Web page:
Carol’s Corner: Race Track Ghost Stories
With Halloween this month, I thought it would be a great time to share some of the campfire ghost stories of the past. This is all in good fun … maybe you have a tale or two of your own to add!
The following is a story that SCCA kindly has given me permission to use in the blog from their June 1985 issue of Steeringwheel.
John Burns Possum
By Yaj Rengaw
Reprinted from June 1985 Steeringwheel
Many of you have heard the story of Brian Redman’s cat and how he longed to break Brian’s lap record at Mid-Ohio. He struck a deer, at speed, in the dark. The deer survived. The cat’s body was found the next morning by a corner worker getting ready for that day’s event. He now haunts race tracks all over the country appearing only after dark, in the vicinity of beer parties. I have personally seen him at Charlotte, Rockingham, Roebling and Road Atlanta. I have proof in the form of a skull found on driver’s left between 9 and 10 at Atlanta. I can only guess that he was practicing there and blew a paw. Not having corner workers to help, he lost another of his nine lives.
This brings me to “The Possum”. The possum lived at Road Atlanta in the bushes across from start/finish. He wanted badly to be like John Burns. He used to watch John from the bushes and dream of someday standing on the starters stand, watching cars roar by, wearing one radio on his belt and one in each hand, all tuned to a different frequency. He knew he could chew out offending drivers who ignored meatball flags, and passed under yellow, and claimed they didn’t see the black flag, just as good as John could. And he hoped the EV crew would shout insults and tell him how ugly he was but still save him a beer for after shutdown, just like John. But most of all, he wanted to drive the pace car. To be in front of a pack of GTP cars scrubbing their tires and blowing out all of the crud and carbon from their engines, threatening to race right up the exhaust if he didn’t squeeze another eighty or ninety miles per hour out of the pace car. He wanted to take visiting Boy Scouts and sponsor’s daughters for rides, and to try to play the stern father when the Course Marshall and the Race Chairman get in the pace car and turn on the air conditioner in August.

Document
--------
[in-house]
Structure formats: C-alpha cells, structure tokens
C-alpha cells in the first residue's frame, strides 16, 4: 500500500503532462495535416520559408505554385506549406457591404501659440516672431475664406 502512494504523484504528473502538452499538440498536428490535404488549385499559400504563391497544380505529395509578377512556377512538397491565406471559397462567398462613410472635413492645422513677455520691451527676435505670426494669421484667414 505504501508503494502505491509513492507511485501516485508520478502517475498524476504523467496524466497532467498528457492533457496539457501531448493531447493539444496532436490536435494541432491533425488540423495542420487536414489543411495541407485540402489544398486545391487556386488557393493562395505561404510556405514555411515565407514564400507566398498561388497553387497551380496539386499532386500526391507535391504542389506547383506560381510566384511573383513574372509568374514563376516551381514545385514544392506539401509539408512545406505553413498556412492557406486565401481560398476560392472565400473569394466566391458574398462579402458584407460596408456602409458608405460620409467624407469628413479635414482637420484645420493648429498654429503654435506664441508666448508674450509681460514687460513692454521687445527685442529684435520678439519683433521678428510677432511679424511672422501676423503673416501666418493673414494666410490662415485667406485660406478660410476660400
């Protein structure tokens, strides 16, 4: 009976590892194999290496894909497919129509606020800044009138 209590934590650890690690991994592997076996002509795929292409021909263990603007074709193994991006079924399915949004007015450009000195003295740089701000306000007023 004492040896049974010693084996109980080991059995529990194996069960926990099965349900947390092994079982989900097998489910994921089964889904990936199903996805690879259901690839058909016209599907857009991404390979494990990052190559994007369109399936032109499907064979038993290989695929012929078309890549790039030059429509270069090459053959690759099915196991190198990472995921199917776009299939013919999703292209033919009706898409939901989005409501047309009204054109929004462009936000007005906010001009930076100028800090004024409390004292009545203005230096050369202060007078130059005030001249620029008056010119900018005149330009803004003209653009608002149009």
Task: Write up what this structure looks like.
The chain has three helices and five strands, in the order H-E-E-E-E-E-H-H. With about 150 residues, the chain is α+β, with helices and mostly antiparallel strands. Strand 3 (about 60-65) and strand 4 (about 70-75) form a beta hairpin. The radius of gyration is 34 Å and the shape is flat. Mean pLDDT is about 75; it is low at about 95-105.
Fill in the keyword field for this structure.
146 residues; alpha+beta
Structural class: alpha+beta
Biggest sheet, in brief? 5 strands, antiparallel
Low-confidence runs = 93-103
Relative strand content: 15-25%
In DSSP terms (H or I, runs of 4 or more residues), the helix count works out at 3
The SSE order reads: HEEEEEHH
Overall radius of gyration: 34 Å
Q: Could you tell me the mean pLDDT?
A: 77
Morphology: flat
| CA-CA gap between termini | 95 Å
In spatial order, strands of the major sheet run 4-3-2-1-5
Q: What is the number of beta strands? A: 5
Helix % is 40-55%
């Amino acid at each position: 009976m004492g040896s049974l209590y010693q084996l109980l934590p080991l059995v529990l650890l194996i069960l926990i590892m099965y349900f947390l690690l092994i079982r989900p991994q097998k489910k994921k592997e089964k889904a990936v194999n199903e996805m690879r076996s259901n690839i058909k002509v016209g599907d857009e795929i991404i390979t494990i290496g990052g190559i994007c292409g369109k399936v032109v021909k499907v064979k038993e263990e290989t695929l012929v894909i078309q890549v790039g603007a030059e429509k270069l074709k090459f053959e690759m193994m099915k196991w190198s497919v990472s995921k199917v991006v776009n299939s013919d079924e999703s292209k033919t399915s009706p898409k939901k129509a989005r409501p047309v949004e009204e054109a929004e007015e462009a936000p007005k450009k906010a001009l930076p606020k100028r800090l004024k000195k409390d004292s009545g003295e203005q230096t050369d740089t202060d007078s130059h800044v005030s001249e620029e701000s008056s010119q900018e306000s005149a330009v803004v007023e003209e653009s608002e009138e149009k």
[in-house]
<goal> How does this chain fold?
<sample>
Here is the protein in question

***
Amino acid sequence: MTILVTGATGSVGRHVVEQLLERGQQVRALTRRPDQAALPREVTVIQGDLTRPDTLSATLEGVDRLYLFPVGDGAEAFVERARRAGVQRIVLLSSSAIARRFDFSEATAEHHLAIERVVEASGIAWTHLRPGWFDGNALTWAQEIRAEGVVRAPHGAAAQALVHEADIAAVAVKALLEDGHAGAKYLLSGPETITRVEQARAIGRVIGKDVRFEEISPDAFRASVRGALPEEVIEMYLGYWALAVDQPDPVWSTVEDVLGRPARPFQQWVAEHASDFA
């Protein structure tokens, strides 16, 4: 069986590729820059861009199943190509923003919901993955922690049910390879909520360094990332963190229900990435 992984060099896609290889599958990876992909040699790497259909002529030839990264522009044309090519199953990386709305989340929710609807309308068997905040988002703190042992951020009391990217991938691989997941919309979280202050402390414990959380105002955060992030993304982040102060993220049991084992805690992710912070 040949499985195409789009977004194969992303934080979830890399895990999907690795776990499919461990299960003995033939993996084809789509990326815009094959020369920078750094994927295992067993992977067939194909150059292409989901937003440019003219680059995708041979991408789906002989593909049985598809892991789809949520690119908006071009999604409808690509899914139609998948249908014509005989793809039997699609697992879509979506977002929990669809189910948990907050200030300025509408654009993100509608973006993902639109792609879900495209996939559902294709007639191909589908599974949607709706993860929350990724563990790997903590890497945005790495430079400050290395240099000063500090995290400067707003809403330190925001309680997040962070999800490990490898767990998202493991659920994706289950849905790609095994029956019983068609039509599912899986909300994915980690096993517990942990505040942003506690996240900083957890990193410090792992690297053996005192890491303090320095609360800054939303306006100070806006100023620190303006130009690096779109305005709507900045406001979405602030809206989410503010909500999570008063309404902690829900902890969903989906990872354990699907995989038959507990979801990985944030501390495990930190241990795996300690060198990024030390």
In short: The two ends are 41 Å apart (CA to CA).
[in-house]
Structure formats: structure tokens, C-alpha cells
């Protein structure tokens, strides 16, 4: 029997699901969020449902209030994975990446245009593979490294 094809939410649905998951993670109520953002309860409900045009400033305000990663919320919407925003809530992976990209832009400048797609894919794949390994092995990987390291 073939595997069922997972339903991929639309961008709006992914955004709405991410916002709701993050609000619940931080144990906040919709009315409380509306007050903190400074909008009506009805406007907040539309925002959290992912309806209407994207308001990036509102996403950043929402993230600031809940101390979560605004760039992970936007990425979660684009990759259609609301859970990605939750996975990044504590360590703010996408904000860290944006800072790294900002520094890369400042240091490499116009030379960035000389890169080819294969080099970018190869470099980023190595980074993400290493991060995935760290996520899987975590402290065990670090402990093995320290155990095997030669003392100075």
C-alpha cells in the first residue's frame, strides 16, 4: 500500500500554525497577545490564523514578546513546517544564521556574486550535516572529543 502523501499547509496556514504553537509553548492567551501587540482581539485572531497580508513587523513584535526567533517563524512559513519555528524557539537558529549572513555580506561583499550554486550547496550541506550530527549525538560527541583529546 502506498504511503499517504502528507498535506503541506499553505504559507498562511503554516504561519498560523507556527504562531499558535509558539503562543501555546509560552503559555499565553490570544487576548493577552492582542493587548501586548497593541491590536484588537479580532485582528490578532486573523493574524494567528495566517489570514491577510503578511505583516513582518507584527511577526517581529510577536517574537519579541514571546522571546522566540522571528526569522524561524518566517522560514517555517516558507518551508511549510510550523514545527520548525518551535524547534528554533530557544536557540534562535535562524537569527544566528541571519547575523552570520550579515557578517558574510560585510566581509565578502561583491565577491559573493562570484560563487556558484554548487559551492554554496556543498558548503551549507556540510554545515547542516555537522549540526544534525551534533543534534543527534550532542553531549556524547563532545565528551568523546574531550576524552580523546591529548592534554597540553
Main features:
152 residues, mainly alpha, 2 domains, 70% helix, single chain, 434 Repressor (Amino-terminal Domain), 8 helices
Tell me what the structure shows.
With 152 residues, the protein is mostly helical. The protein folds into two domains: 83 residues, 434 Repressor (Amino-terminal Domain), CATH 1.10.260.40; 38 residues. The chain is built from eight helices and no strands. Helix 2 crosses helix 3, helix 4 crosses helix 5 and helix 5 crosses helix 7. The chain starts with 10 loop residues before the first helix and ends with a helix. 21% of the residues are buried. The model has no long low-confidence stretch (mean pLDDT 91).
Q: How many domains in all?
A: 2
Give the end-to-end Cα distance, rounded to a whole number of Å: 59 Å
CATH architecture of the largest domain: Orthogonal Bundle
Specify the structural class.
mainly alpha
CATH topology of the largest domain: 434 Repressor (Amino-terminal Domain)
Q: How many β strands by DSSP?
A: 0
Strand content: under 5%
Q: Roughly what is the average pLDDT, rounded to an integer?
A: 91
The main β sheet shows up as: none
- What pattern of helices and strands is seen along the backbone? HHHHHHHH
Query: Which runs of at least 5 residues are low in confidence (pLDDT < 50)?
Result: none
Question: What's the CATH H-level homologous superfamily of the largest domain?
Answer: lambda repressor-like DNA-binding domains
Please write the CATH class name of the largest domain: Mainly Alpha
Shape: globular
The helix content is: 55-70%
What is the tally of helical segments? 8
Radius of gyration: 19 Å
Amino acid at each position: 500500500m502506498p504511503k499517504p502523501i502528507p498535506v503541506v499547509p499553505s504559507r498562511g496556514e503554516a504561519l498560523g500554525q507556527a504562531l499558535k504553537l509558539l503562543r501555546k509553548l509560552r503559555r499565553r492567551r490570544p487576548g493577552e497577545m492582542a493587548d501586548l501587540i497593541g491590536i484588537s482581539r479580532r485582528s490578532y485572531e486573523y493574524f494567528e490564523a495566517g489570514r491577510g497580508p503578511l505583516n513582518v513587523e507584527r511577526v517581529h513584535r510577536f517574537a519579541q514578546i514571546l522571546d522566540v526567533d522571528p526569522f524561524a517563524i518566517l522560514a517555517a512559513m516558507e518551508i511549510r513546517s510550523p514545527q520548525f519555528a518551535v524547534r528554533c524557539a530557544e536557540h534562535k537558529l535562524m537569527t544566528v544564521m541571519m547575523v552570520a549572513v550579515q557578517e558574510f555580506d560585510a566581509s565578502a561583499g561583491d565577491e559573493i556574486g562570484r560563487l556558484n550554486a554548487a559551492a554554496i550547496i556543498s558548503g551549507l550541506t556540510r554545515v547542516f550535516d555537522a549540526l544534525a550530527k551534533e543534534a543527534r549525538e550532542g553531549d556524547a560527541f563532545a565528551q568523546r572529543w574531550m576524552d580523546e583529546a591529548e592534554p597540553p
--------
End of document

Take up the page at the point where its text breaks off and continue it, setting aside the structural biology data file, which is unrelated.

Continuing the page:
The Possum had made up his mind, if he was ever going to do it, it had to be now or never. On May 25, 1985 at 11:22 p.m., he made his dash. Unfortunately, at about that time, what was left of the field of the Playboy/Escort endurance race was making their twelfth hour dash. As Corvettes sort of fly low and Possums sort of waddle, he didn’t make it. He was caught broadside by one of the Morrison-Cook Corvettes which didn’t even miss a beat but the whole mess had to be covered by Debris Flags from turns 12 through 2.
I am certain we will see him many times in the future, always after beer parties, of course, and always with that silly grin he was wearing when he was hit. And if I were John, I wouldn’t leave the keys in the pace car at night.